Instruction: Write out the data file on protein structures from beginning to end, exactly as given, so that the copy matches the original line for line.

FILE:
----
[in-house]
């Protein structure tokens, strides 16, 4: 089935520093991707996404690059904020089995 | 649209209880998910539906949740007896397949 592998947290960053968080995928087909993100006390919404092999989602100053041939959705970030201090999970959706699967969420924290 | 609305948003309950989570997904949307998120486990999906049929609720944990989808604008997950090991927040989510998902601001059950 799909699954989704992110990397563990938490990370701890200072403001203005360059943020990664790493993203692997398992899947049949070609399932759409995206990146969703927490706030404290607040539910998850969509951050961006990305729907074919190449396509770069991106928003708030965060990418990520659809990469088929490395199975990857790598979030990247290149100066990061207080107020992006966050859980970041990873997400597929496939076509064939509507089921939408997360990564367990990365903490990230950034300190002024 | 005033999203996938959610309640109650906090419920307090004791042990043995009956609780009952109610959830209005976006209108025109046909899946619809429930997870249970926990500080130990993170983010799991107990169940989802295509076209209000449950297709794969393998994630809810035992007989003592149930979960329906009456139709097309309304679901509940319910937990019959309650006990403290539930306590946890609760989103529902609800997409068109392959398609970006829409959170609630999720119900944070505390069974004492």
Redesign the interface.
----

[in-house]
């Protein structure tokens, strides 16, 4: 089935520093991707996404690059904020089995 | 649209209880998910539906949740007896397949 592998947290960053968080995928087909993100006390919404092999989602100053041939959705970030201090999970959706699967969420924290 | 609305948003309950989570997904949307998120486990999906049929609720944990989808604008997950090991927040989510998902601001059950 799909699954989704992110990397563990938490990370701890200072403001203005360059943020990664790493993203692997398992899947049949070609399932759409995206990146969703927490706030404290607040539910998850969509951050961006990305729907074919190449396509770069991106928003708030965060990418990520659809990469088929490395199975990857790598979030990247290149100066990061207080107020992006966050859980970041990873997400597929496939076509064939509507089921939408997360990564367990990365903490990230950034300190002024 | 005033999203996938959610309640109650906090419920307090004791042990043995009956609780009952109610959830209005976006209108025109046909899946619809429930997870249970926990500080130990993170983010799991107990169940989802295509076209209000449950297709794969393998994630809810035992007989003592149930979960329906009456139709097309309304679901509940319910937990019959309650006990403290539930306590946890609760989103529902609800997409068109392959398609970006829409959170609630999720119900944070505390069974004492």
Redesign the interface.